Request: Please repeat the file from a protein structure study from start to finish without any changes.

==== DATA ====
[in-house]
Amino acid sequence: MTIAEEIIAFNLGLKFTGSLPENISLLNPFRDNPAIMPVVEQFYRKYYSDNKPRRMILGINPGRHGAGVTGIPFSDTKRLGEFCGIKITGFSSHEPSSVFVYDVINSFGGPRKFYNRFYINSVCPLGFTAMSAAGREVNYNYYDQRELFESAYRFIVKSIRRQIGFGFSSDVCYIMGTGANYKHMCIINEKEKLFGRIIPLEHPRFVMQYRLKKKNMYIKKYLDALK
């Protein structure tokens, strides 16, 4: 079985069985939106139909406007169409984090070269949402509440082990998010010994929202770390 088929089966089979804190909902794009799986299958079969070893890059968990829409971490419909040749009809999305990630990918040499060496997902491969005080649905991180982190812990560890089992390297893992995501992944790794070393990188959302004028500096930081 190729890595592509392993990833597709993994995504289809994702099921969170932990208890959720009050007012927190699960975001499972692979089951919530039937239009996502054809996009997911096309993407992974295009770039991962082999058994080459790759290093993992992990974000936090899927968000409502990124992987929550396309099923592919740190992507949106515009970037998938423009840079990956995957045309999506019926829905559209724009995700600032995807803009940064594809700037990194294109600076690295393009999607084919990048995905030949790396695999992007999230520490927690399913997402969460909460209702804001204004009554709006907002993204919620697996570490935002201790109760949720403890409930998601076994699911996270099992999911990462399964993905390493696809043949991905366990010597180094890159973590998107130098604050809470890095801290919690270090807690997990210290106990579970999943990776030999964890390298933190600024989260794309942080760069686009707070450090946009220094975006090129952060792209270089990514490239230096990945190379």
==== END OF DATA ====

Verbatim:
[in-house]
Amino acid sequence: MTIAEEIIAFNLGLKFTGSLPENISLLNPFRDNPAIMPVVEQFYRKYYSDNKPRRMILGINPGRHGAGVTGIPFSDTKRLGEFCGIKITGFSSHEPSSVFVYDVINSFGGPRKFYNRFYINSVCPLGFTAMSAAGREVNYNYYDQRELFESAYRFIVKSIRRQIGFGFSSDVCYIMGTGANYKHMCIINEKEKLFGRIIPLEHPRFVMQYRLKKKNMYIKKYLDALK
């Protein structure tokens, strides 16, 4: 079985069985939106139909406007169409984090070269949402509440082990998010010994929202770390 088929089966089979804190909902794009799986299958079969070893890059968990829409971490419909040749009809999305990630990918040499060496997902491969005080649905991180982190812990560890089992390297893992995501992944790794070393990188959302004028500096930081 190729890595592509392993990833597709993994995504289809994702099921969170932990208890959720009050007012927190699960975001499972692979089951919530039937239009996502054809996009997911096309993407992974295009770039991962082999058994080459790759290093993992992990974000936090899927968000409502990124992987929550396309099923592919740190992507949106515009970037998938423009840079990956995957045309999506019926829905559209724009995700600032995807803009940064594809700037990194294109600076690295393009999607084919990048995905030949790396695999992007999230520490927690399913997402969460909460209702804001204004009554709006907002993204919620697996570490935002201790109760949720403890409930998601076994699911996270099992999911990462399964993905390493696809043949991905366990010597180094890159973590998107130098604050809470890095801290919690270090807690997990210290106990579970999943990776030999964890390298933190600024989260794309942080760069686009707070450090946009220094975006090129952060792209270089990514490239230096990945190379």